Chile Peppers Recipes
Chile Peppers Recipes Pepper Recipes and Information

Ancho Chile Pepper


Ancho Chile Pepper Stats

Name: Ancho
Pronunciation: AHN-choh
Length: 4"
Width: 3"
Scientific Name: Capsicum annuum
Other Names: mulato chile, black chile
Scoville Range: 1,000 - 1,500

Ancho Chile Pepper Origin and History

The ancho is a popular chile grown in Mexico made from dried poblano chiles. The pepper is harvested from a bush with multiple stems that can grow up to 25 inches tall. The word Ancho means wide, which refers to the flat heart shape that tapers to a point at the bottom of the poblano chile. Varieties of ancho include light brown and black mulato chiles.

The ancho chile is used in the symbolic Mexican dish known as Chiles en Nogada. This dish is served during Mexican independence holidays as part of a meal that incorporates the Mexican flag colors green, white and red.


Ancho Chile Pepper Description

The pod of the ancho begins as a dark purple and then ripens to a bright red color. When it is dried the color turns to blackish brown. The skin of the ancho has a smooth waxy texture but it is actually quite tough. The pepper has to be soaked longer than other chiles in order to soften the skin.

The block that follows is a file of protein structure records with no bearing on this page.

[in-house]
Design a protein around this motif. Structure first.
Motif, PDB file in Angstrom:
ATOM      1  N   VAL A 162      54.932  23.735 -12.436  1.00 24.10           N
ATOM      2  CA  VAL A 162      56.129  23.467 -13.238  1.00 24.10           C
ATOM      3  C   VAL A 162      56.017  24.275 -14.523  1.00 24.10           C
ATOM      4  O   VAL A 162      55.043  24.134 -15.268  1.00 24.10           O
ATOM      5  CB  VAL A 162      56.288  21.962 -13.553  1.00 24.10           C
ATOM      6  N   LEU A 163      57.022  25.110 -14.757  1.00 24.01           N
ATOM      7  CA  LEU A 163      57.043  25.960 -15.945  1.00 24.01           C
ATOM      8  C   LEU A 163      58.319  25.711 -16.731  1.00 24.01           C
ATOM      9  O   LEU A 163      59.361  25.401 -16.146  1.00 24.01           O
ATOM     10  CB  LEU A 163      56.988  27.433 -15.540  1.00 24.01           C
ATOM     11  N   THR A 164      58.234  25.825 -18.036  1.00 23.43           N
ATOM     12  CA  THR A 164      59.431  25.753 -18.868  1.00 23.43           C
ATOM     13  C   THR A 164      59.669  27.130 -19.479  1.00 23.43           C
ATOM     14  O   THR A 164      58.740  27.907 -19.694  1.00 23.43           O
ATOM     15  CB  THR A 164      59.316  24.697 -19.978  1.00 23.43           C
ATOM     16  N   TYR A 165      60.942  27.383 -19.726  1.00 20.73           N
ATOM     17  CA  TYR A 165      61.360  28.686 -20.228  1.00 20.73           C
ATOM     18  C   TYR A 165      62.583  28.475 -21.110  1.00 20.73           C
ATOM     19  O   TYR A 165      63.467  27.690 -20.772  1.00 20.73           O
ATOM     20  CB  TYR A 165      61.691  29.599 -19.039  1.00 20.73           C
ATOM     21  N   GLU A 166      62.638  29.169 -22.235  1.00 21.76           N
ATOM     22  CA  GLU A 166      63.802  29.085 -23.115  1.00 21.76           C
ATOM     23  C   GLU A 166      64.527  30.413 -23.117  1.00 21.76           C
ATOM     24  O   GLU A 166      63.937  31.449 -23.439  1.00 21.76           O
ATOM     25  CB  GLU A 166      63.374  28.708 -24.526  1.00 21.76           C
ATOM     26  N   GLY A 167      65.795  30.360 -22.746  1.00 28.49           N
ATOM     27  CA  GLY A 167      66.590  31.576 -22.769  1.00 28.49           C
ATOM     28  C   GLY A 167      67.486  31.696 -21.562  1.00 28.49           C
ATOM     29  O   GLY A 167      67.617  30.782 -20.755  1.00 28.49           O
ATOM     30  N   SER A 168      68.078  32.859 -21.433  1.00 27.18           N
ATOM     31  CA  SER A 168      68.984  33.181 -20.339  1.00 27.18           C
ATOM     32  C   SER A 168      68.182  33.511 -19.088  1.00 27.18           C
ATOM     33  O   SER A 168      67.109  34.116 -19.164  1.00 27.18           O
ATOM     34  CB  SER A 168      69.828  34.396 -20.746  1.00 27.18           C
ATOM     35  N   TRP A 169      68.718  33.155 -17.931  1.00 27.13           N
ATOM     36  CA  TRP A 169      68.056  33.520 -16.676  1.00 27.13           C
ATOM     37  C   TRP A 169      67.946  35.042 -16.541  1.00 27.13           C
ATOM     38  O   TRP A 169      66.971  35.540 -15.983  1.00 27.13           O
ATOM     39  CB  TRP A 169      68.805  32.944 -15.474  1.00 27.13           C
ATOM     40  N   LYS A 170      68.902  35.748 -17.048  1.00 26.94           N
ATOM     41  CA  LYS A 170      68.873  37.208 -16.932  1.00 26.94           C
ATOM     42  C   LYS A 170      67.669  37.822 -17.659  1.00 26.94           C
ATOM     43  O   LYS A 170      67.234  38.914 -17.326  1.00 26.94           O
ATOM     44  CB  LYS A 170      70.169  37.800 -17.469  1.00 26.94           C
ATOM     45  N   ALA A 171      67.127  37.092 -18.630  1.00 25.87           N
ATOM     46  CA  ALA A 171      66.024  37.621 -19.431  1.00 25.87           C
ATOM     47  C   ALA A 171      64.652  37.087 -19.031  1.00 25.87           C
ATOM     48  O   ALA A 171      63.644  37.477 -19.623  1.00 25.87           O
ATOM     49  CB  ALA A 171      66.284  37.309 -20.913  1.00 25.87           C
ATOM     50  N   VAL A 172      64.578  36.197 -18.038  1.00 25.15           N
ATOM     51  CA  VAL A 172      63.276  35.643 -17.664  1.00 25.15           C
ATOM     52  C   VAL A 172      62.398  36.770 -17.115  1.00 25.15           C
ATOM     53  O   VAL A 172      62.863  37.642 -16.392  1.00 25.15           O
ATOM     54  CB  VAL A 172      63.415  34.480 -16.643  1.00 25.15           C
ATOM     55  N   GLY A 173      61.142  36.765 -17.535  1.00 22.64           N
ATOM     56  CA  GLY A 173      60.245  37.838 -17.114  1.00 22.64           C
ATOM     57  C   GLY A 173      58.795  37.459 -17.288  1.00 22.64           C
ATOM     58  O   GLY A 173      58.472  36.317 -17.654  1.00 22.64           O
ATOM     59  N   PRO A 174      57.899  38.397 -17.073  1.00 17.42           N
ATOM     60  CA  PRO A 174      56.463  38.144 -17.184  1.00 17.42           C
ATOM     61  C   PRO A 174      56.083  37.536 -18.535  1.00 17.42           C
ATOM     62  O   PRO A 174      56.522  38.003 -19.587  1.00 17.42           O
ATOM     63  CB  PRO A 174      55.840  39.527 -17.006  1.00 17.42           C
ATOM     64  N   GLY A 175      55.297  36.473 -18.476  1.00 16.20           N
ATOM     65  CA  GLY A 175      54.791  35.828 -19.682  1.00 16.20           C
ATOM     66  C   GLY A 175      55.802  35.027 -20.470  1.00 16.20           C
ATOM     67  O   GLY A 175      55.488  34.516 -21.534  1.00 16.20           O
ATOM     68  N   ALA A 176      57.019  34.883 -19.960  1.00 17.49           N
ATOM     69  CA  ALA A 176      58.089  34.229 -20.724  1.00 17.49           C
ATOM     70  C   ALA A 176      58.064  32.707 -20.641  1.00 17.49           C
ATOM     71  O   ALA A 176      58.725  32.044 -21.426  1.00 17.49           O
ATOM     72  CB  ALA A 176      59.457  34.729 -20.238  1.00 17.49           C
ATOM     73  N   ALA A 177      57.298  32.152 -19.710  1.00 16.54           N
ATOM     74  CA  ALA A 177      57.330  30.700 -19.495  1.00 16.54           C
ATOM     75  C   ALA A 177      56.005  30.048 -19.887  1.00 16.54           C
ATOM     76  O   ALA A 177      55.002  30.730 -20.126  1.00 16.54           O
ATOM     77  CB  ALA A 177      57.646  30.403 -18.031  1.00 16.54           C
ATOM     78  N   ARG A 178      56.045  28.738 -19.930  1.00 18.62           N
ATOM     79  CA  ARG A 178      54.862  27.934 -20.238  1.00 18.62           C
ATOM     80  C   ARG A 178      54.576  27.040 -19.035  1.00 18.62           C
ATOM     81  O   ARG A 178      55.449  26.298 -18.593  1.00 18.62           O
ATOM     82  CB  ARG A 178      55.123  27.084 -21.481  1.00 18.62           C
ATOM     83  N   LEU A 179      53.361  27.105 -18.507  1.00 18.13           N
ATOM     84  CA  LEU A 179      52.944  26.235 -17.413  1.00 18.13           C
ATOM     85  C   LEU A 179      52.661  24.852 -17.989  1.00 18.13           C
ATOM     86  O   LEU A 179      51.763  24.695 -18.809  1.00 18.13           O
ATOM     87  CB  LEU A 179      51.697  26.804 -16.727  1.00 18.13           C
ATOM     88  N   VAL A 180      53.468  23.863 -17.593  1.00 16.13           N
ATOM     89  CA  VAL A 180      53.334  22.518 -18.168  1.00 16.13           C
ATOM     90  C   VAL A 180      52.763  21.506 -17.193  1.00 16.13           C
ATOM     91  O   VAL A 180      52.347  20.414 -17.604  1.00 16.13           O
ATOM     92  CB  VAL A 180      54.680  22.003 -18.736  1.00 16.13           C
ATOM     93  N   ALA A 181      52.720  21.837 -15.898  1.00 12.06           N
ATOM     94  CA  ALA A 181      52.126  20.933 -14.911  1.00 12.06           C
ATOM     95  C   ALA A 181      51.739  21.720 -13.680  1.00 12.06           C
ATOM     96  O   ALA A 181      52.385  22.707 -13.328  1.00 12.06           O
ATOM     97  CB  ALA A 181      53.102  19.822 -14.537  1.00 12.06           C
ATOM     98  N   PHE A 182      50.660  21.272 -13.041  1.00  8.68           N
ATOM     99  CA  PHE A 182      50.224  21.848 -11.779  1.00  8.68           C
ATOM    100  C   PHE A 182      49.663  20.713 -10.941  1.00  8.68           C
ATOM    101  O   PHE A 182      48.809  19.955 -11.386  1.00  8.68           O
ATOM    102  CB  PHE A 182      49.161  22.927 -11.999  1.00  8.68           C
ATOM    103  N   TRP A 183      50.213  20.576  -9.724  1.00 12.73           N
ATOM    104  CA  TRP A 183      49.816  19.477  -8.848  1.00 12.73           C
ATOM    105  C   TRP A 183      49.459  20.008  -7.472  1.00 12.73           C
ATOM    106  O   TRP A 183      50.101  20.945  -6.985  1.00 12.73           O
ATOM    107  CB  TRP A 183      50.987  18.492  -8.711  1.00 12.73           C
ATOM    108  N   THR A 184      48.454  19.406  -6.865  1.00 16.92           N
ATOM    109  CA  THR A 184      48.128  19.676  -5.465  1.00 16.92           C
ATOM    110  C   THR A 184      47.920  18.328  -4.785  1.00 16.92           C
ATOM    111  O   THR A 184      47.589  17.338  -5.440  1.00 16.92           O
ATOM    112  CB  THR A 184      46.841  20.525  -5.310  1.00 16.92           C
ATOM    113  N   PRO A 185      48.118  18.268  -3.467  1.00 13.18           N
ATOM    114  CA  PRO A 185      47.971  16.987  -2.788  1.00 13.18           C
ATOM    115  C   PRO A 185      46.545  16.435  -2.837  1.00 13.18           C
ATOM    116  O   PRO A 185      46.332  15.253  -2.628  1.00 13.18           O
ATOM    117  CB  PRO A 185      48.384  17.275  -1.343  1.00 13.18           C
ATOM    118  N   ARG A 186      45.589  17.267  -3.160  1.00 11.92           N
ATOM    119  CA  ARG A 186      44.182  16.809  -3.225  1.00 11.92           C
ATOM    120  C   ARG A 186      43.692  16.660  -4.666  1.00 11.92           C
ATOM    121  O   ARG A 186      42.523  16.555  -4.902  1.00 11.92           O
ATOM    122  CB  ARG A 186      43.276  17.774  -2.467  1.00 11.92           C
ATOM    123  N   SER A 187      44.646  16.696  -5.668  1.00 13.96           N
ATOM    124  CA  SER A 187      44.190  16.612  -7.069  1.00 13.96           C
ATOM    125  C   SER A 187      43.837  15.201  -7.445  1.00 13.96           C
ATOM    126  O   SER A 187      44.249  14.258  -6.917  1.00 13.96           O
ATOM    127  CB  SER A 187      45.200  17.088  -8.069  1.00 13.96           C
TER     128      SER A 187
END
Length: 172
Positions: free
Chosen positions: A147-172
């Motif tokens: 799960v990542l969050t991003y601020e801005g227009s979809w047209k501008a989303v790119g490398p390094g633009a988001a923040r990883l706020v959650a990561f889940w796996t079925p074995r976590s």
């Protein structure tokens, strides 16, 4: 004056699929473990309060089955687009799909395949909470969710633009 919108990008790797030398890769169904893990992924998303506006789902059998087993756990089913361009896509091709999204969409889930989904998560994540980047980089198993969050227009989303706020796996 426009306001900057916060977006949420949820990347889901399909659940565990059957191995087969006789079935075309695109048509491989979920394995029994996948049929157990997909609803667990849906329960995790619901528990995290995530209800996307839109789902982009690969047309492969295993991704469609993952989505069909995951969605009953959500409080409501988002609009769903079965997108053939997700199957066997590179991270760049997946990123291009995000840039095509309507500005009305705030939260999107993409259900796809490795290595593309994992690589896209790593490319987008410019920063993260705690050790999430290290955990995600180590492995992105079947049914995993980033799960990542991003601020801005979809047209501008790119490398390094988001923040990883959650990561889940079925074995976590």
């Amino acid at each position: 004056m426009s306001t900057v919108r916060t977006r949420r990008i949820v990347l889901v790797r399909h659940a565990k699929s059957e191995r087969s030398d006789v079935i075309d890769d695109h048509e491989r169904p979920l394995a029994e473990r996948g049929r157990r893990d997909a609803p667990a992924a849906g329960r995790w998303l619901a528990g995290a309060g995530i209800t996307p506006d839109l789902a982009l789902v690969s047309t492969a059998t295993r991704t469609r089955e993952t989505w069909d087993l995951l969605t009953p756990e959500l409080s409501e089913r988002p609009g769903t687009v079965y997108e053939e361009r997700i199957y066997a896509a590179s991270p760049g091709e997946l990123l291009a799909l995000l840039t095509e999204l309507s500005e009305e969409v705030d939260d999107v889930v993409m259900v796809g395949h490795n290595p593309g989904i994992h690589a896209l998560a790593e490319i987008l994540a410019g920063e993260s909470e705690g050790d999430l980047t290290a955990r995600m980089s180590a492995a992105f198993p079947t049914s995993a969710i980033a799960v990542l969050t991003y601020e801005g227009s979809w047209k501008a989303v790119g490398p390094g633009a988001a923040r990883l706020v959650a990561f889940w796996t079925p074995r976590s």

The ancho chile is sweet and slightly fruity like raisins. It smells a bit like prunes and has a mild to medium heat. Ancho chiles contain more pulp than other chiles. Anchos are commonly used to make Mexican style sauces.


Ancho Chile Pepper How to Serve or Use

Ancho is sold as a chile powder, a puree, and packaged as dried pods. It is a staple ingredient in red chile and tamales. They are often stuffed and fried with an egg coating. Ancho can also be used to make a paste for use as a marinade for meat or vegetables. The mellow flavor also makes it a favorite ingredient in salsa. Anchos can be made into a relish and used as a condiment for Mexican dishes. Dried anchos are also served crumbled over soup as a spicy and fruity garnish.

Anchos should be roasted and peeled before canning or preserving. Removing the skin improves the texture of the chile. They can be frozen in airtight containers for several months for up to one year. Most recipes call for soaking frozen or preserved anchos in hot water for half an hour before using.



Image(s) provided by: Wikipedia





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